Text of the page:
The U.S. Supreme Court's decision in McCutcheon vs FEC striking down aggregate limits on donations to political parties and candidates casts doubt on the constitutionality of similar caps under local pay-to-play ordinances in New Jersey, and may provide ammunition for government contractors and others to challenge the laws. Law 360’s Martin Bricketto interviewed Partner Laurence D. Laufer and Counsel Rebecca Moll Freed of the form’s Corporate Political Activity Law Practice Group on the potential impact of the decision on local laws in the Garden State.
“New Jersey's statewide campaign finance laws don't set aggregate limits on what contributors can give over a particular period of time to different candidates or parties, but many local pay-to-play laws across the state — which are intended to hinder the influence of campaign cash on government work — impose such restrictions on business entities seeking public contracts, according to Rebecca Moll Freed of Genova Burns LLC… There are key differences between those caps and those that the Supreme Court sunk in its 5-4 decision —but the ruling may still strengthen constitutional arguments against the state rules, Freed said.”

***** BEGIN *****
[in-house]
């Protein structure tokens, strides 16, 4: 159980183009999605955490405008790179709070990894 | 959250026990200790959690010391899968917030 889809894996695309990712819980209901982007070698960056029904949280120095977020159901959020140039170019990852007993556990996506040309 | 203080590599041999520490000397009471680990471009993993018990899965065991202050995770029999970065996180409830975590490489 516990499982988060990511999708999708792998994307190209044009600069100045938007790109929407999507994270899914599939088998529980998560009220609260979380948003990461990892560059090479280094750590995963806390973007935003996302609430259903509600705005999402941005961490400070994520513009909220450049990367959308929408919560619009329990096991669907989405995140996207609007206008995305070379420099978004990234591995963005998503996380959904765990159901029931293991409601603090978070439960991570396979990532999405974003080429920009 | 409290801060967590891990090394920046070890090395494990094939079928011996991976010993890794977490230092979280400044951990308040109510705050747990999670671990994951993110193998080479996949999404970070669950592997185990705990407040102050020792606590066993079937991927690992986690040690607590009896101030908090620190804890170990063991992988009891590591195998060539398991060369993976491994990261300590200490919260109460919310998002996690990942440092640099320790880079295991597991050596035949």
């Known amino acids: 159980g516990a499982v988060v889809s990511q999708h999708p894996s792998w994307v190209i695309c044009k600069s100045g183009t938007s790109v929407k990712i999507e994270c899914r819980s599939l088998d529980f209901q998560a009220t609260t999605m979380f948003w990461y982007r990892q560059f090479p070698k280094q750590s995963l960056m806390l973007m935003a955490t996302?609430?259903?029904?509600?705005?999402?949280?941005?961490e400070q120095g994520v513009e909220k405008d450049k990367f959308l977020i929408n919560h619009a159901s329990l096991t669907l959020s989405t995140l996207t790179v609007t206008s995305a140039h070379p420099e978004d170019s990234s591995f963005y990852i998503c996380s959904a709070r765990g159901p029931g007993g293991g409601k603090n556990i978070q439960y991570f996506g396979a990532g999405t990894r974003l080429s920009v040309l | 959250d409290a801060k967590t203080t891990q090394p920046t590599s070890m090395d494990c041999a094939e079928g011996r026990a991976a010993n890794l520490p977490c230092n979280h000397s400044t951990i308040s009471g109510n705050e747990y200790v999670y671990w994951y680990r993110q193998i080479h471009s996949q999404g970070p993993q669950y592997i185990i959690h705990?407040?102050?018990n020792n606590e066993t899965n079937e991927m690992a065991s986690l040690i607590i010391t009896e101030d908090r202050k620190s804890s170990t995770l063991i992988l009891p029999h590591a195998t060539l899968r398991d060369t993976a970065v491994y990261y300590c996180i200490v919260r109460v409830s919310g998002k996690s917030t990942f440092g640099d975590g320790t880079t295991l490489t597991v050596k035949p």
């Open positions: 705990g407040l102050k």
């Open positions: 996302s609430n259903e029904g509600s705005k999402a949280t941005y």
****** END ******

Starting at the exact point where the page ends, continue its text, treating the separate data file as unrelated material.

The article continued, “ The fact that the laws' aggregate limits only apply in the context of government contracting is indeed a key distinction compared to the caps at issue in McCutcheon, according to Genova Burns partner Laurence Laufer…. And while the federal limits applied to a single contributor, the pay-to-play laws are more stringent in their scope because they rope in contributors that may be affiliated with one another through a business entity and subject them to the same aggregate caps, according to Laufer..... 'Aggregate limits as a general principle are now on shakier ground than they were.''